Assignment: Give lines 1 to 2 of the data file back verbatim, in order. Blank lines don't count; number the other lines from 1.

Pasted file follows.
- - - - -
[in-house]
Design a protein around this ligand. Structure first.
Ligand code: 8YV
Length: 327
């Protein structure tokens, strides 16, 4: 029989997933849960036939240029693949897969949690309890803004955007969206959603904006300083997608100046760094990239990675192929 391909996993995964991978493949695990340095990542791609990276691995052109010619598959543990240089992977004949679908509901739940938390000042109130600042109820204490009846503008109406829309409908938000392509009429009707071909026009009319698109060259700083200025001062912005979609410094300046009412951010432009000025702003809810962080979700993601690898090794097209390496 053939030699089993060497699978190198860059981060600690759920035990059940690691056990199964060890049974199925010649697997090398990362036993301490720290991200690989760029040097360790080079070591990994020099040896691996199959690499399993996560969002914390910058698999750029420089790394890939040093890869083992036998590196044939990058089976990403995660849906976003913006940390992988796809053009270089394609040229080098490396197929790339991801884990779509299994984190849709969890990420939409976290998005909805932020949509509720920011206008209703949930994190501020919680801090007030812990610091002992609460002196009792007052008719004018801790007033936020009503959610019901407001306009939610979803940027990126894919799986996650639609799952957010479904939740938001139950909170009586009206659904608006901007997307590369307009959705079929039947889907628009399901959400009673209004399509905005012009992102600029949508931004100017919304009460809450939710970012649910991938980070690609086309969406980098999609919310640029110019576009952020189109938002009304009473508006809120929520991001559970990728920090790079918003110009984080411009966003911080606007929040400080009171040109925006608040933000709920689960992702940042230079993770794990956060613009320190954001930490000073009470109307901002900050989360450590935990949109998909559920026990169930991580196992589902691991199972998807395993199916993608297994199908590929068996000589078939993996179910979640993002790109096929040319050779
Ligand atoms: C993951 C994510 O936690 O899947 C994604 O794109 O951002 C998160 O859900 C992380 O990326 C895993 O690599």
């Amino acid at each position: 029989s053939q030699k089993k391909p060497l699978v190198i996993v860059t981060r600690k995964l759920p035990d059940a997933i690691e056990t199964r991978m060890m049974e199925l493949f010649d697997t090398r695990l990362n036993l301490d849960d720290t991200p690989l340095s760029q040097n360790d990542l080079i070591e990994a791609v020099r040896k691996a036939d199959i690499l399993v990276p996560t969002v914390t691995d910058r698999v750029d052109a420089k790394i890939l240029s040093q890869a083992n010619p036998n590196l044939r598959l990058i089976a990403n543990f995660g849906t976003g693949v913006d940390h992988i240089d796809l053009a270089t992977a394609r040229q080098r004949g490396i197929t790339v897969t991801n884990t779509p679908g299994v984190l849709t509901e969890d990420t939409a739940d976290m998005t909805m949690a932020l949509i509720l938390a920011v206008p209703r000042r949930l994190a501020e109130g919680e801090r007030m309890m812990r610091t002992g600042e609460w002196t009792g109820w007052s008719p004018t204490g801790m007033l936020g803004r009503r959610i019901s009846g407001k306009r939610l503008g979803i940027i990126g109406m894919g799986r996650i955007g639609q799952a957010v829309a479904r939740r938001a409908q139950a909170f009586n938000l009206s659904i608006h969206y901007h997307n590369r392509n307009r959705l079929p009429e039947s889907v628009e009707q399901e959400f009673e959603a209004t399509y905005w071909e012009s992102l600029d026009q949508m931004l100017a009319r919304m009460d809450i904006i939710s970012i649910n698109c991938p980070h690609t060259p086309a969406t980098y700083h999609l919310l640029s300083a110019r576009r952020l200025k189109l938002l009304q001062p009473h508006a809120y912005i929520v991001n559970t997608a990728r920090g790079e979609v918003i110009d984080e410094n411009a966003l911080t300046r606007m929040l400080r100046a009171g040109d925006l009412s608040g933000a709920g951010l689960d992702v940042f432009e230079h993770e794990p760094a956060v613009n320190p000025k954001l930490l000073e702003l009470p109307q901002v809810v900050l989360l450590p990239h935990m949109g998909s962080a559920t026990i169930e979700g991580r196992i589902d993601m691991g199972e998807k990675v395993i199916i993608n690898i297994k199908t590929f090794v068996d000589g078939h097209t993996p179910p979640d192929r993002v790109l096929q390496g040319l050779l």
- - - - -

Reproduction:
[in-house]
Design a protein around this ligand. Structure first.